Comments by Paul on 17th February 2019  

Re: garters (Michael, Charles, James)

This is what we're talking about I think, even though this is from Australia:

Comments by TimH on 15th February 2019  

I completely agree with Chris.

Many schools may have had a shirtless rule for indoors & outdoors wear and some may have had a barefoot ruling but I would suggest not all. I attended a boys grammar school in the E of England 1960-67 - the kit for gym was white shorts and either T-shirt, singlet or (optionally) topless, with plimsolls. Football & cross-country waa black shorts with a football shirt & boots (or plimsolls for XC) - we didn't swim. (The XC course for 2nd & 3rd year was approx 3 1/2 miles).

Shorts were cotton (nylon didn't come in until the 1970s) and were quite baggy (as in the picture) in my first years but later, as the fashion altered, they became a lot shorter - look at the Gordon Banks 1966 pictures.

The picture could well be 'staged' as the boys are running into a schoolyard (look at the gates) but are clean & don't look 'puffed'.

(Incidentally, whilst I've no problems with boys doing gym shirtless, which to me is perferctly natural, I don't think I'd want a son of mine doing outside games in the cold weather of winter 2017/8 or during the really hot weather of mid-summer 2018)

Comments by Chris G on 14th February 2019  

Not necessarily!

I was at two boys-only secondary schools in the period 1952-60. At the first (1952-57) PE in the gym was initially done wearing vests, but after a couple of years, this chnged to topless. For all outdoor activities, escept on very hot summer days when we did PE topless on the playing field, we wore tops of some sort or other. At the second school (1957-60), tops were mandatory for all PE and related activities, including cross-country, much to the disappointment of myself and a number of another boys who had come from schools where topless PE was the norm. So, apart from the fact that we were in a rural environment, this picture is an extremely accurate representation of our cross-country runnng kit, even down to the variability in clothing style.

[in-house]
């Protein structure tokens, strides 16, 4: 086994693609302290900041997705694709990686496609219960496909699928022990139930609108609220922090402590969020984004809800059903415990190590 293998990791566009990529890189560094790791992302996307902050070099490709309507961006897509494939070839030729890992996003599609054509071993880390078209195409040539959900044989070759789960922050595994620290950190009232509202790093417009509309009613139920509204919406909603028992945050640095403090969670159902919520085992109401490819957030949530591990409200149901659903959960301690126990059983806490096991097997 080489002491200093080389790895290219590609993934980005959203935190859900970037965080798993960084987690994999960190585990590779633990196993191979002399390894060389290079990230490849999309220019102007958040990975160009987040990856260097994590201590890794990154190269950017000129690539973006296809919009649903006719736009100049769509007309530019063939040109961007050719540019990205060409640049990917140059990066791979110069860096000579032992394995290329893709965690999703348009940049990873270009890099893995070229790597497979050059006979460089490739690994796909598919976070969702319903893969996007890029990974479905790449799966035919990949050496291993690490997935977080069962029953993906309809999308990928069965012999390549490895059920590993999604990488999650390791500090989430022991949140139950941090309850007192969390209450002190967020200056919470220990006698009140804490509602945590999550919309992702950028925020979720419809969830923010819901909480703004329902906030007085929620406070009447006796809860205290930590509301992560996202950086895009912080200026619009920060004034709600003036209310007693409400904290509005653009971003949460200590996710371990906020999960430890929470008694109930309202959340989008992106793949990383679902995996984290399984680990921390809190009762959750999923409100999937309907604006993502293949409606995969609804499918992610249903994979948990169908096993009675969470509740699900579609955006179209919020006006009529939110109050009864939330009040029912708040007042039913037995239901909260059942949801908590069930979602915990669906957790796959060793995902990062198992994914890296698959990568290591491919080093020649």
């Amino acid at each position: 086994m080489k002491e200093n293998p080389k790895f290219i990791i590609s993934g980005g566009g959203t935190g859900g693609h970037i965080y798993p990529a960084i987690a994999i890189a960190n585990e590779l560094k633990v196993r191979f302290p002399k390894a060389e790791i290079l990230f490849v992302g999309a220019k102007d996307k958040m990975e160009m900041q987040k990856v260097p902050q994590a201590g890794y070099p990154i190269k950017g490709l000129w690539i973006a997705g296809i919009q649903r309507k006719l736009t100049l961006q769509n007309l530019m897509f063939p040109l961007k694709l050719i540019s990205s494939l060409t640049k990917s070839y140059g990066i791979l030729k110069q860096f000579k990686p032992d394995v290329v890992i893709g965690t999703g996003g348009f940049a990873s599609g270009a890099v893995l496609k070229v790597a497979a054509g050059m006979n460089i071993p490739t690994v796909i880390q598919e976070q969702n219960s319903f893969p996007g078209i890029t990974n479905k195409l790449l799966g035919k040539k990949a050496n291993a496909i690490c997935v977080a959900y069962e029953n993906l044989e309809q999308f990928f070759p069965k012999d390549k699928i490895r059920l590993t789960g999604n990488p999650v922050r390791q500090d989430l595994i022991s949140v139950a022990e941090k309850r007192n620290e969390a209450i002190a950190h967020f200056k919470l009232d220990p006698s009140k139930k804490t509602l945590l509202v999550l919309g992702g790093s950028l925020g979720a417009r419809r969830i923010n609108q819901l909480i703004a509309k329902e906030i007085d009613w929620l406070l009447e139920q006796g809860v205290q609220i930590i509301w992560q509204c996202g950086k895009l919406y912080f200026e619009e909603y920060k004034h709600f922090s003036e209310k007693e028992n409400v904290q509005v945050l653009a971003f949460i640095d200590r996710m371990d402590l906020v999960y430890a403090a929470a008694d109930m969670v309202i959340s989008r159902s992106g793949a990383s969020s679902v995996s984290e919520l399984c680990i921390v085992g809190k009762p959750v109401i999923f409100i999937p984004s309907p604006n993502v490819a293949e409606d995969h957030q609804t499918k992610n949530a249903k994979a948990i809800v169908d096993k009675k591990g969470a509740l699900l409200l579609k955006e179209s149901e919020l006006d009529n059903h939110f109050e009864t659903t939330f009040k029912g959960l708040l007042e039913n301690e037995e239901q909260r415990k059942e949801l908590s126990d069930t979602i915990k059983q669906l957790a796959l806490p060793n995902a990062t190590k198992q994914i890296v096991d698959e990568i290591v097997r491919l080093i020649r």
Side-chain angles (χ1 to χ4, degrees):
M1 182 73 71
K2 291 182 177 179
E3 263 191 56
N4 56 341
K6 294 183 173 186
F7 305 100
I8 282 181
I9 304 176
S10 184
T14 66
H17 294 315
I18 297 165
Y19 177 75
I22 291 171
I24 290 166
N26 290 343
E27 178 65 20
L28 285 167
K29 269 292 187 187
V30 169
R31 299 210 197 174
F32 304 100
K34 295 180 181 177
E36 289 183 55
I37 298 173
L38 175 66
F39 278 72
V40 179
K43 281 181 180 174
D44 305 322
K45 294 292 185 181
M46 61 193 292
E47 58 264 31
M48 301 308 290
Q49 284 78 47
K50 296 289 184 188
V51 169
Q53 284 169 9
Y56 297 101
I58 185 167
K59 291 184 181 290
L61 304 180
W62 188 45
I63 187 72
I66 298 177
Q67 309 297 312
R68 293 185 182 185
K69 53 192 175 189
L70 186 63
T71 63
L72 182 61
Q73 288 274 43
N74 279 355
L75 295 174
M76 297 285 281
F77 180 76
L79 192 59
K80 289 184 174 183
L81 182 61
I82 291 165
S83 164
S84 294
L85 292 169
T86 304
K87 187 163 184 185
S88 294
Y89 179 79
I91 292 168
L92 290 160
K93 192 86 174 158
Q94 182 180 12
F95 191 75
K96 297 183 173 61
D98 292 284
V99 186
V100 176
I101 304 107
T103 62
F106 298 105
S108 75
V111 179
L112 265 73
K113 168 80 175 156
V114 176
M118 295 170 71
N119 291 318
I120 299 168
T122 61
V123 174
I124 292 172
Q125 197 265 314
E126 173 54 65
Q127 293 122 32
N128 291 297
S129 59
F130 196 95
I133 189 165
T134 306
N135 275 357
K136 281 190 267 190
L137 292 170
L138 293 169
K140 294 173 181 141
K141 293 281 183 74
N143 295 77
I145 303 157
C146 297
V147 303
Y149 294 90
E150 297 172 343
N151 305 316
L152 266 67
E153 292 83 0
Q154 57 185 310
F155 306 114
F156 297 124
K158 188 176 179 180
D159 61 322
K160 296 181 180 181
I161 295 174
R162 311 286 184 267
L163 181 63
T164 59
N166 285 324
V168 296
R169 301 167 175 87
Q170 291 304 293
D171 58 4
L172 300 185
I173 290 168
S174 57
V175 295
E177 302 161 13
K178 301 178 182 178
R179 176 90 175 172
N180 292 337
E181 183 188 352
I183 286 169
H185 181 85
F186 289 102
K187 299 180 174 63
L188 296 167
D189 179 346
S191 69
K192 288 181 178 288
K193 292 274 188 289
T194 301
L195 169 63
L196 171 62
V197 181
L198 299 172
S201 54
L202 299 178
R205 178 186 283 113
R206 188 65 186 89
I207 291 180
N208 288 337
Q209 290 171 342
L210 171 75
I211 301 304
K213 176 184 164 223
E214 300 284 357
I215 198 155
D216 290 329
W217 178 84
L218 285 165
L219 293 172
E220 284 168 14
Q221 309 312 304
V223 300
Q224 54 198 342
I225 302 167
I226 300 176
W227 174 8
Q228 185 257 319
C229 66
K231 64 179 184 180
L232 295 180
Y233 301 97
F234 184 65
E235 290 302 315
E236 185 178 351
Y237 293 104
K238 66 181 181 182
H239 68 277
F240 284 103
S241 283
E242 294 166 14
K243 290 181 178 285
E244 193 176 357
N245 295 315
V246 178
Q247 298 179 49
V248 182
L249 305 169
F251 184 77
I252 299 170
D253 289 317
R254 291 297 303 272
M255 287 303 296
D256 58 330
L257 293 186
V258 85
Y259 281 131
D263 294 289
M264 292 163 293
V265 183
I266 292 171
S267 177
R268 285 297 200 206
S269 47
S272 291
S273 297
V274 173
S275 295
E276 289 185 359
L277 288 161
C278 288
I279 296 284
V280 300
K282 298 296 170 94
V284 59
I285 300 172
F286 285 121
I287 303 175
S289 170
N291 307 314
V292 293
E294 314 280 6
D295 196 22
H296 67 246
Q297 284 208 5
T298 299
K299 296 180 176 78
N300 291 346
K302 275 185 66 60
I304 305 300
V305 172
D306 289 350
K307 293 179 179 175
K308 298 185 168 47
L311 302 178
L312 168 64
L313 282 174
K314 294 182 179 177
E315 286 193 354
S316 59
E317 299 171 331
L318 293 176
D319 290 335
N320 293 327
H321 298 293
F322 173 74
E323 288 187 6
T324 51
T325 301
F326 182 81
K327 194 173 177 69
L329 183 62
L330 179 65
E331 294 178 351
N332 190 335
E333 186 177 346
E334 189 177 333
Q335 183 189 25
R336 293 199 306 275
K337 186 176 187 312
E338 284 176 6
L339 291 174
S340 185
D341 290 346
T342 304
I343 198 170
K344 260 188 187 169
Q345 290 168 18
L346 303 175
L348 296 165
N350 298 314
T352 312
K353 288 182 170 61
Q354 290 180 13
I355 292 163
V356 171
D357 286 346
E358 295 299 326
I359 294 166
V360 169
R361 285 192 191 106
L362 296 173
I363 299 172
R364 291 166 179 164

Comments by ROY F on 14th February 2019  

This certainly looks staged as in the 1950's they would normally all be stripped to the waist and wearing identical shorts

Comments by Simon on 12th February 2019  

John, this must be staged,each lad would be stripped off. Wonder what the purpose of this was?

Comments by Ben on 22nd December 2018  

You said that you always had an audience while showering through the open door overlooking the corridor.
Were there any girls or female teachers who could see you boys shower?

Comments by ROY F on 21st December 2018  

I also did cross-country stripped to the waist with just plimsolls but some boys did go barefoot as well

Comments by Rob on 17th December 2018  

I as at secondary school in 1959 and we ran cross country bare chested wearing just PE shorts with nothing underneath and plimsolls without socks.

Comments by Roy on 17th December 2018  

Another thing that strikes me is how the boys aren't wearing the same sort of tops and also the same colour shorts.

Comments by John on 15th December 2018  

I agree with Alan, Francis Croston and Roy F that it’s very strange for these lads not to be running bare chested in 1959. When I was at senior school in the 1970s we did cross country bare chested in winter and so did other secondary schools in the area.

Comments by ROY F on 5th December 2018